Watch CBS News

Why Japan scrapped a $4 billion missile defense purchase from the U.S.

Tokyo — A society that prizes harmony, Japanese are known for going to great lengths to avoid saying "no." But last month Tokyo did just that, stunning Washington as it pulled the plug on a big-ticket U.S weapons purchase, the Aegis Ashore missile defense system.

A U.S. soldier is seen before an inauguration ceremony of the U.S. anti-missile station Aegis Ashore Romania (in the background) at a military base in Deveselu, Romania, May 12, 2016. Aegis Ashore is a land-based capability of the Aegis Ballistic Missile Defense (BMD) System. DANIEL MIHAILESCU/AFP/Getty

More than two years into the project, Defense Minister Taro Kono suddenly informed Prime Minister Abe, "I don't want to go ahead with this," according to a report in the Asahi Shimbun newspaper. 

Using advanced radar and SM3 interceptor missiles, Aegis Ashore was meant to complement the Japan's seven Aegis destroyers and Patriot PAC-3 surface-to-air missile systems. 

At U.N., Trump pushes allies for "fair share" of defense spending 00:35

The country's decision to purchase the Aegis Ashore systems dates back to 2017, a year that saw 15 North Korean ballistic missile tests — some over Japanese airspace — as President Donald Trump accused allies including Japan of "free-riding" and threatened to withdraw U.S. troops. (Japan says it pays 74% of the costs to base 50,000 U.S. troops in the country.) 

To placate the White House, conservative leader Shinzo Abe announced a record $50 billion defense budget for 2019, including a shopping spree that called for fighter jets, destroyer upgrades and the two Aegis Ashore systems. Total price tag for Aegis Ashore alone, including maintenance and training: $4 billion plus. 

The systems were to be installed in Akita Prefecture, in northern Japan, and Yamaguchi, to the southwest, but almost immediately the project sparked blowback from local communities. Ministry of Defense planners lost credibility when it was revealed the sites were selected using the Google Earth app, based on error-ridden calculations, and that they hadn't actually visited the candidate locations.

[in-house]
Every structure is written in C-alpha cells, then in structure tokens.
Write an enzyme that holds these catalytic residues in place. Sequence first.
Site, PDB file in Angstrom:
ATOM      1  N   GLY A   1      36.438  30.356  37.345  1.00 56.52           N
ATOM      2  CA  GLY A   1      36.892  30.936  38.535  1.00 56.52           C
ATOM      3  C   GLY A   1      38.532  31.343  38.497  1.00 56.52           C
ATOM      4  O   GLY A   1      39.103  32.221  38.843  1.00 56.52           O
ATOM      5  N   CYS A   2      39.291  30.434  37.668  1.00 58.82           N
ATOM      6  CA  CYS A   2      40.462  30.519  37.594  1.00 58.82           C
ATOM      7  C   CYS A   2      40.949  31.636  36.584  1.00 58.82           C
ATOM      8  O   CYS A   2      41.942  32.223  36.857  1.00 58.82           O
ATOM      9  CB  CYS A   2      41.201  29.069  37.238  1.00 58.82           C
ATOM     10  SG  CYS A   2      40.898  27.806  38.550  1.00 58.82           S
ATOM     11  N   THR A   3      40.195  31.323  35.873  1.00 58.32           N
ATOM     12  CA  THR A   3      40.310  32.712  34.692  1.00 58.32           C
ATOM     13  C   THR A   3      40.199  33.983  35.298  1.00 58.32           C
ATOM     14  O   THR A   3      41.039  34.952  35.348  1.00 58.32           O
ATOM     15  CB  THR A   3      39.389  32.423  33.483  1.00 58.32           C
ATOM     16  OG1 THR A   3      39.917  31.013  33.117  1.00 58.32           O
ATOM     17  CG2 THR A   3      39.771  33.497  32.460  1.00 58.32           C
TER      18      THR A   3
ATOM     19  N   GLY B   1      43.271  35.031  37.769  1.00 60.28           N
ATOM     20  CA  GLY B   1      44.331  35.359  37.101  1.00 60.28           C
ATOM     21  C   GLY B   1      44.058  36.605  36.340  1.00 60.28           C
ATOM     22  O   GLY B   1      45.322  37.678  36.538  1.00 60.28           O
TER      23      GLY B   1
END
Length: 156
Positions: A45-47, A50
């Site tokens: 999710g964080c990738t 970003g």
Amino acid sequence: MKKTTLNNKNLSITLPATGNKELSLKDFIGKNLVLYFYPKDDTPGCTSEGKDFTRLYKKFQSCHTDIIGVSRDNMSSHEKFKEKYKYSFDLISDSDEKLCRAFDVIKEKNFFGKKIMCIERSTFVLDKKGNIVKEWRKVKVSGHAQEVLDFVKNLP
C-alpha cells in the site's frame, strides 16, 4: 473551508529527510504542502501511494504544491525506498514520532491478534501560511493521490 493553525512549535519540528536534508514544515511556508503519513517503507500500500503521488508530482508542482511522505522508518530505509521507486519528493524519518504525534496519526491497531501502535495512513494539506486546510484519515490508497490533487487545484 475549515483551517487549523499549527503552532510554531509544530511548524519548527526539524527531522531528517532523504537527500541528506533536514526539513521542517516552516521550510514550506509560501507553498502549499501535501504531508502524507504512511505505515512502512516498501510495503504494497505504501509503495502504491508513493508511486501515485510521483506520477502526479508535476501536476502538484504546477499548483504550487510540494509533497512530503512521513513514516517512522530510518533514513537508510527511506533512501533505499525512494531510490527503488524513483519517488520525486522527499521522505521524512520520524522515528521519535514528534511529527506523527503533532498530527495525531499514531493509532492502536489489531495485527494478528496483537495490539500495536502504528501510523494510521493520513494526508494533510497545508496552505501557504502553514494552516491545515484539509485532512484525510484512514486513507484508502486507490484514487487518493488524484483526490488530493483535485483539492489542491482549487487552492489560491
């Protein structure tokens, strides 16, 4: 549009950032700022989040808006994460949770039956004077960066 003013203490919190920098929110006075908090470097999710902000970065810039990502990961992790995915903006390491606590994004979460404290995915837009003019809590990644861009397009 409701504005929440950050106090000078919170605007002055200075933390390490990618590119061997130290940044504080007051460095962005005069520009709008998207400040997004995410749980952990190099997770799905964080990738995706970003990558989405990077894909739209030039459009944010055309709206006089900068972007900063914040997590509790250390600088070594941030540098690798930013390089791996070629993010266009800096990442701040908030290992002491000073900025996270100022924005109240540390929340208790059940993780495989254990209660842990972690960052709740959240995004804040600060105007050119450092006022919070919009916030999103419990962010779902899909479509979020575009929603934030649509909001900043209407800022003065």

U.S. President Trump Makes State Visit To Japan
People protest against U.S.-developed Aegis Ashore missile interceptor systems being based in Japan during a demonstration against a visit by President Donald Trump to Japan, May 25, 2019 in Tokyo. Carl Court/Getty

Most egregious, as far as local communities were concerned, was the lack of any guarantee that rocket boosters from the SM3 missiles would fall into designated drop areas and not land on residential neighborhoods, absent a fix that would take years to create at much higher cost. Even Prime Minister Abe's home prefecture of Yamaguchi, where the second system was to be installed, balked.

"We promised the local community we will control where the booster goes down, and we found out we were not able to do that. So we couldn't move ahead with this Aegis Ashore project," Kono explained to the Foreign Correspondents Club of Tokyo on June 25. 

To some American ears, the rationale seemed thin.

"A chance of booster damage outside an SDF (Self-Defense Forces) base is still a lot better than a North Korean missile striking a Japanese city," argued James Schoff, senior fellow at the Carnegie Endowment for International Peace, to the Kyodo News service. "So why can't the Japan side accept a little of that risk?"

But other analysts say the two-and-a-half-year rollout had become irretrievably tainted. 

"The entire process was really, really badly handled," Brad Glosserman, a visiting professor at Tokyo's Tama University, told CBS News. "It was the botched surveys… the way the Defense Ministry handled outreach to local communities, the usual NIMBYism."